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Bradshaw’s Guide of 1863 was the staple book to what’s what and where’s where for the mid-Victorians and it gives the modern reader a unique insight into the world of the nineteenth-century travellers. The railways themselves opened up Scotland properly to tourism for the first time, and many journeys that once took days to complete could now be undertaken in hours, bringing its many attractions within the reaches of the masses. This illustrated guide records the sights to be seen in the towns and cities encountered along the route.‘Bradshaw’s Guides were invaluable in their time and they provide the modern-day reader with a fascinating insight into the nineteenth century rail traveller’s experience.’Campbell McCutcheon takes us up the eastern side of Bradshaw’s Scotland, using contemporary Victorian and Edwardian photographs and postcards to illustrate the scenes that the users of Bradshaw’s Guide to Scotland’s Railways would have experienced. This volume covers primarily the lines of the North British Railway and the Great North of Scotland Railway.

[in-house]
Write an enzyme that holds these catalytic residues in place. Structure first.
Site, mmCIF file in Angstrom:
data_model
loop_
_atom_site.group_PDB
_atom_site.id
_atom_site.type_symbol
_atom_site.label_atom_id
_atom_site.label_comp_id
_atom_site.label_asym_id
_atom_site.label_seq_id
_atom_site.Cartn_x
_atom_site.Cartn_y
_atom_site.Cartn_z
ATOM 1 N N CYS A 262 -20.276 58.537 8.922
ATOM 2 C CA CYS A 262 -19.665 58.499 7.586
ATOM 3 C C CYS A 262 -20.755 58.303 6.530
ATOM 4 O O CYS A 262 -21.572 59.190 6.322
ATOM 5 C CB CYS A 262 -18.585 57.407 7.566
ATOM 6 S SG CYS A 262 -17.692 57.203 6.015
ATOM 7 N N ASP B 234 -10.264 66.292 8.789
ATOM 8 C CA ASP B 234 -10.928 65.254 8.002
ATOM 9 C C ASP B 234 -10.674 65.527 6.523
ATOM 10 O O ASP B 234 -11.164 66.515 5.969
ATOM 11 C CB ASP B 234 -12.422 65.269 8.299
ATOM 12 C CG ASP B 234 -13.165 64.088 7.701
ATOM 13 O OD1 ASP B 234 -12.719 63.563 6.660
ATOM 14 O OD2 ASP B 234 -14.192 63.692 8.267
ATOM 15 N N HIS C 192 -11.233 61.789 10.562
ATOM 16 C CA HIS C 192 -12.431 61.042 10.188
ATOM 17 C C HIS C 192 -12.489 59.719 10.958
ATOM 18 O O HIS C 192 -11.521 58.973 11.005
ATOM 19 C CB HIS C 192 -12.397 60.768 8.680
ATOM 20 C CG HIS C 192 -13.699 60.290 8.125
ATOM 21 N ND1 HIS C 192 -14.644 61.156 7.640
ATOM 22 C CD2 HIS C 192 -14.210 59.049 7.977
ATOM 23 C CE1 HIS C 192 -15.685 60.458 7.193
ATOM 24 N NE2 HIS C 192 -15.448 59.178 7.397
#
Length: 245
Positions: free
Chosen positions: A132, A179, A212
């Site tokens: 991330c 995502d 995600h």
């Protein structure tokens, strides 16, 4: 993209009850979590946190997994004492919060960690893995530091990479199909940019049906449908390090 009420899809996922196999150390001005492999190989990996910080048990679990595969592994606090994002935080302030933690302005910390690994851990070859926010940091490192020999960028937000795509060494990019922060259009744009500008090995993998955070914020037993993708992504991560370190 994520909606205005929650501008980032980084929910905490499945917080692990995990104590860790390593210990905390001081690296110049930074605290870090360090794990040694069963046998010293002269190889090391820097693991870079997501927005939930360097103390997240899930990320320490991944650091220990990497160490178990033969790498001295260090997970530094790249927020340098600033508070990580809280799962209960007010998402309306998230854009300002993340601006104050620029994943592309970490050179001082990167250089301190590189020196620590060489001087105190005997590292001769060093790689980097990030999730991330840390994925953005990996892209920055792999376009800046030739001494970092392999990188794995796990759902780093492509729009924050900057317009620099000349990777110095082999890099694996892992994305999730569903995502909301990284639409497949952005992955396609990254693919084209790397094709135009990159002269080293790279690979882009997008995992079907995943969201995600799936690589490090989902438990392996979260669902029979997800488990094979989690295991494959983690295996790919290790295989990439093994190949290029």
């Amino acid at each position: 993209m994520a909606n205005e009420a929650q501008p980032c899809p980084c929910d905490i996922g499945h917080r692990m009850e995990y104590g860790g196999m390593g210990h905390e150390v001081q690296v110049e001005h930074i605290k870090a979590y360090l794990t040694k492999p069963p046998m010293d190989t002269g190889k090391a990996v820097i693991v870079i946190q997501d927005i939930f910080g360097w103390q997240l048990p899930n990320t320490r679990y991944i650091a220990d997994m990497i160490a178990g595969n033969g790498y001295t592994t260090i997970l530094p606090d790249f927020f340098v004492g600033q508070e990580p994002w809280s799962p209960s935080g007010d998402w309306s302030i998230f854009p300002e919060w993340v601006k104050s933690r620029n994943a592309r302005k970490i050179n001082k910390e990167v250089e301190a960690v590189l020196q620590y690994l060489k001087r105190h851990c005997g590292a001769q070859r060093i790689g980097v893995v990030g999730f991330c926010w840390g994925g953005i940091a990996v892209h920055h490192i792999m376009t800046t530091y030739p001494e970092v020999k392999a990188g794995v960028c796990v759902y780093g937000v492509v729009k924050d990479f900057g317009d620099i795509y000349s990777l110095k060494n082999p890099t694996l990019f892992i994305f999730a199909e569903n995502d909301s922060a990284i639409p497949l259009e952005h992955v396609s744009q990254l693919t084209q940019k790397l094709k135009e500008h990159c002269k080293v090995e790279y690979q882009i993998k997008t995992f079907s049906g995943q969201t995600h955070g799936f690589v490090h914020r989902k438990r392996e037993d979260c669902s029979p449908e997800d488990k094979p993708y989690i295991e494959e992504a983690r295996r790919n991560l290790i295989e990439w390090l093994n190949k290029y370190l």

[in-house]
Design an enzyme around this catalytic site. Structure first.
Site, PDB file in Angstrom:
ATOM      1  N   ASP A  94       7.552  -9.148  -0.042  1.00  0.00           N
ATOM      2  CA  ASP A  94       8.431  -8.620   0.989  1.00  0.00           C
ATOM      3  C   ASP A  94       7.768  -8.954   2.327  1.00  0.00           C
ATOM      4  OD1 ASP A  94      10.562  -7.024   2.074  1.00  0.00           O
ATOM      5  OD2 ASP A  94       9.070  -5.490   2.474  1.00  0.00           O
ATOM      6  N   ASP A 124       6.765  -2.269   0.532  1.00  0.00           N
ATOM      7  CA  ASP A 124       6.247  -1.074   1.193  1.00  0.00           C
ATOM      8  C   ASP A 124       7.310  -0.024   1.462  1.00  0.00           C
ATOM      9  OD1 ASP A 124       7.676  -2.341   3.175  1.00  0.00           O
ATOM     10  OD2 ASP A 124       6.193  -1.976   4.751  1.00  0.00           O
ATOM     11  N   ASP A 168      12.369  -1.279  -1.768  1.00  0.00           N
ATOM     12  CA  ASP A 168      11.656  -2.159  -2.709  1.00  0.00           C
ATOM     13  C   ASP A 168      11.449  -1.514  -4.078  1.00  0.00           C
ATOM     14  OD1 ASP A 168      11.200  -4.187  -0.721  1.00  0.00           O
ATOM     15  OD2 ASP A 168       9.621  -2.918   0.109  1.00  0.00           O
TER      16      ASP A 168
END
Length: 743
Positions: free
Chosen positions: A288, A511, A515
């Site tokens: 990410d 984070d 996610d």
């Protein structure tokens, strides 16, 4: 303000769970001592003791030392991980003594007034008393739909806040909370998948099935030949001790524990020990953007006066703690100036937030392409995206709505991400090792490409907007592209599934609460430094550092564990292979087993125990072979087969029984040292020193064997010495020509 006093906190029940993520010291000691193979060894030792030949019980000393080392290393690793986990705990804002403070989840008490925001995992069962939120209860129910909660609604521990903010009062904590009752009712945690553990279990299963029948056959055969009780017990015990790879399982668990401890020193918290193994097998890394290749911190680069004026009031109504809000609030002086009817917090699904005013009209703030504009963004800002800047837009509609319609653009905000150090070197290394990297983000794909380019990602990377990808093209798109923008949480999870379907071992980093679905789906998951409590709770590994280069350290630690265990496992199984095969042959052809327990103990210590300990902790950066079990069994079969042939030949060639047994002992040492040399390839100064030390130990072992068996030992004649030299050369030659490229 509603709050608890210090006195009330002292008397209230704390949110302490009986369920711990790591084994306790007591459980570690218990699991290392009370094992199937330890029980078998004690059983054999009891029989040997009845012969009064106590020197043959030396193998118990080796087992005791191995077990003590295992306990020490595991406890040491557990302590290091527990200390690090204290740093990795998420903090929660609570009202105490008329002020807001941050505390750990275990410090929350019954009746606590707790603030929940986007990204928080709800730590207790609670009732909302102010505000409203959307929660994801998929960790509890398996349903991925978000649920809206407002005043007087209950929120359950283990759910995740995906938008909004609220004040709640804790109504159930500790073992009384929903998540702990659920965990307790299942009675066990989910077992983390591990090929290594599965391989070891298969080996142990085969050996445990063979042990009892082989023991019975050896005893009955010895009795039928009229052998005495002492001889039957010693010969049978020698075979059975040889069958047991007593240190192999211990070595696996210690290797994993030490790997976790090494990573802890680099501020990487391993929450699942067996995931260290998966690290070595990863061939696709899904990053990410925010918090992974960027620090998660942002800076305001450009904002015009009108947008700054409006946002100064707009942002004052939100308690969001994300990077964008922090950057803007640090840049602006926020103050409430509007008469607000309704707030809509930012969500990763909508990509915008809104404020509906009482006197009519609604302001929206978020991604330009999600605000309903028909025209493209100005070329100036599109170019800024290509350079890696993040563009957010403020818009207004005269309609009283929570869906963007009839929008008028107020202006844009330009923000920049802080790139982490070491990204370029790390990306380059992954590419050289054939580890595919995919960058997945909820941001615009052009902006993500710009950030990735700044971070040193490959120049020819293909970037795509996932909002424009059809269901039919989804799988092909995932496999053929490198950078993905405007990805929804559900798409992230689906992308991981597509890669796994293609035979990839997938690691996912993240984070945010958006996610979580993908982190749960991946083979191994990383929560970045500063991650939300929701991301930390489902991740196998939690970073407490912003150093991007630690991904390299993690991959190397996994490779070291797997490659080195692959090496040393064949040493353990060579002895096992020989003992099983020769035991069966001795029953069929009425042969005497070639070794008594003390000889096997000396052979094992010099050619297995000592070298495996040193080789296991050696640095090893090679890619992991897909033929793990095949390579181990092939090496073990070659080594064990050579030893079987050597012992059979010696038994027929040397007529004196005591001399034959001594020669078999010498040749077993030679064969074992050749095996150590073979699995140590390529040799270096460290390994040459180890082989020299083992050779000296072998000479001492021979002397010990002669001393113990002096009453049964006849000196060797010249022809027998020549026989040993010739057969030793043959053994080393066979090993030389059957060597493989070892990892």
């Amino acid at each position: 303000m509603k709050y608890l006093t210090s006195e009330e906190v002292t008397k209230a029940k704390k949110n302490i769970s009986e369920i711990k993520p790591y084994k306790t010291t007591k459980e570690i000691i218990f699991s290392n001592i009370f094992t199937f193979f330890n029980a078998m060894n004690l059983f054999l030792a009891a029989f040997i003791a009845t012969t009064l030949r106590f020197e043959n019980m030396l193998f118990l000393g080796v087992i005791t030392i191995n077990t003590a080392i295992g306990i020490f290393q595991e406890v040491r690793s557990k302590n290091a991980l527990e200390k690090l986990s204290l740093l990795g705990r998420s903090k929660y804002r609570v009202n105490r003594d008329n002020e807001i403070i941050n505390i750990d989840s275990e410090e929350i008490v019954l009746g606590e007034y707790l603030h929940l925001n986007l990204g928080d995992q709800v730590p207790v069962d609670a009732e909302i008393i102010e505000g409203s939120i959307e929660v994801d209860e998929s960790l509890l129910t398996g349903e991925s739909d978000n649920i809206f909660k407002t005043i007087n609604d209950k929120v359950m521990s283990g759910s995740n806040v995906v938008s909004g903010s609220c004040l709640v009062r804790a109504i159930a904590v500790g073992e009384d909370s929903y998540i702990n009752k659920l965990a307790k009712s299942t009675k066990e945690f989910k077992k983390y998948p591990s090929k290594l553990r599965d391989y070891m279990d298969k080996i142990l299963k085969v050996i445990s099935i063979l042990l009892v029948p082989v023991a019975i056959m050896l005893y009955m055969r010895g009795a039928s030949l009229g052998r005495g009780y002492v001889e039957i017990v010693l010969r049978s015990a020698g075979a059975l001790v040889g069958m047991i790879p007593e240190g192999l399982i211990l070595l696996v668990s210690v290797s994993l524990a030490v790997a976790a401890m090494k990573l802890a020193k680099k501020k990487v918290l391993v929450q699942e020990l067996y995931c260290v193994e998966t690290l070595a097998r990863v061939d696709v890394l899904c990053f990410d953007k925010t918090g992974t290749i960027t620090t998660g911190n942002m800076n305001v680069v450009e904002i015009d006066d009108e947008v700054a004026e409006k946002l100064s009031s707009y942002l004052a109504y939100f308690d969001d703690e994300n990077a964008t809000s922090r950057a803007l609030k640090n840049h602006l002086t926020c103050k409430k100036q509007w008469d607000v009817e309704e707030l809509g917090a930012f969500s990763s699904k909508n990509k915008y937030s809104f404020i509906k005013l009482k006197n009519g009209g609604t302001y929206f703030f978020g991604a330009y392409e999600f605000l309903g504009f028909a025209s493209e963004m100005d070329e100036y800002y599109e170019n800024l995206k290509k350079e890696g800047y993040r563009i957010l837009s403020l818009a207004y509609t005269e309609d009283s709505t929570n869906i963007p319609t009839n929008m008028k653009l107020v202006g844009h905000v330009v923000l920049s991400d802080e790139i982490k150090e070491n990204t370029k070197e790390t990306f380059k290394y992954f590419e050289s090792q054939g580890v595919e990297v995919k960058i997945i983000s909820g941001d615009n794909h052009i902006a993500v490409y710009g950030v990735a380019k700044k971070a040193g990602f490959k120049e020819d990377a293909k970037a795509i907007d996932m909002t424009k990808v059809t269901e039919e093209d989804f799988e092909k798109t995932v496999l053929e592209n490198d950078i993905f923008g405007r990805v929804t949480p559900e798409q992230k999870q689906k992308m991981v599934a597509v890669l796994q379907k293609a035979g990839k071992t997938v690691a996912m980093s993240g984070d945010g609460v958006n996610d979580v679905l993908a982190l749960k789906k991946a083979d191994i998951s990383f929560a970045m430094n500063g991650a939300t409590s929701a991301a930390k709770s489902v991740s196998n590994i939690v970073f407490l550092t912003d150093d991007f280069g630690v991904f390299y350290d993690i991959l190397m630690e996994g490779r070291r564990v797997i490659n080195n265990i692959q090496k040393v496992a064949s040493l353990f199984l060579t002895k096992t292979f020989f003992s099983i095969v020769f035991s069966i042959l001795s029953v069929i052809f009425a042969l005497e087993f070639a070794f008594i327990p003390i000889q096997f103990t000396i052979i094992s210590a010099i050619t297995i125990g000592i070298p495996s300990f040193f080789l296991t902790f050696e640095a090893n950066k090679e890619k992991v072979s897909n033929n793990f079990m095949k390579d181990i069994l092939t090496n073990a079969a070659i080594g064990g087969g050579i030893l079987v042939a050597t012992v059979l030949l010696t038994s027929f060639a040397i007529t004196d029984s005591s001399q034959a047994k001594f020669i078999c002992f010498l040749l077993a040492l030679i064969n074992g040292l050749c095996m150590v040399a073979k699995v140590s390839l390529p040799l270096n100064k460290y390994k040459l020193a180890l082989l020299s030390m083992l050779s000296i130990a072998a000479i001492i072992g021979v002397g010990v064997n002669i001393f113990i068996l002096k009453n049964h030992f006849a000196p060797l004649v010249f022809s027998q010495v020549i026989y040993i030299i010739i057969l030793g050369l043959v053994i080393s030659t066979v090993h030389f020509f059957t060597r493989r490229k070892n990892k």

About the Author
John Christopher has written and edited a number of books on Engineering, Military History and Railway and Road Transport, specializing in the life and works of Isambard Kingdom Brunel and being the series editor for Amberley’s Bradshaw’s Guides series. He has also appeared in Michael Portillo's Great British Railway Journeys television series. In between writing books, he is a balloon pilot and Land Rover fan. He lives in Gloucestershire.Campbell McCutcheon has had a life-long interest in the Olympic-class vessels and naval shipping. He has written extensively on the subject along with some Military History and Bradshaw’s Railway titles for Amberley. He lives in Gloucestershire, but he was born within sight and sound of the water and has been interested in ships from a young age.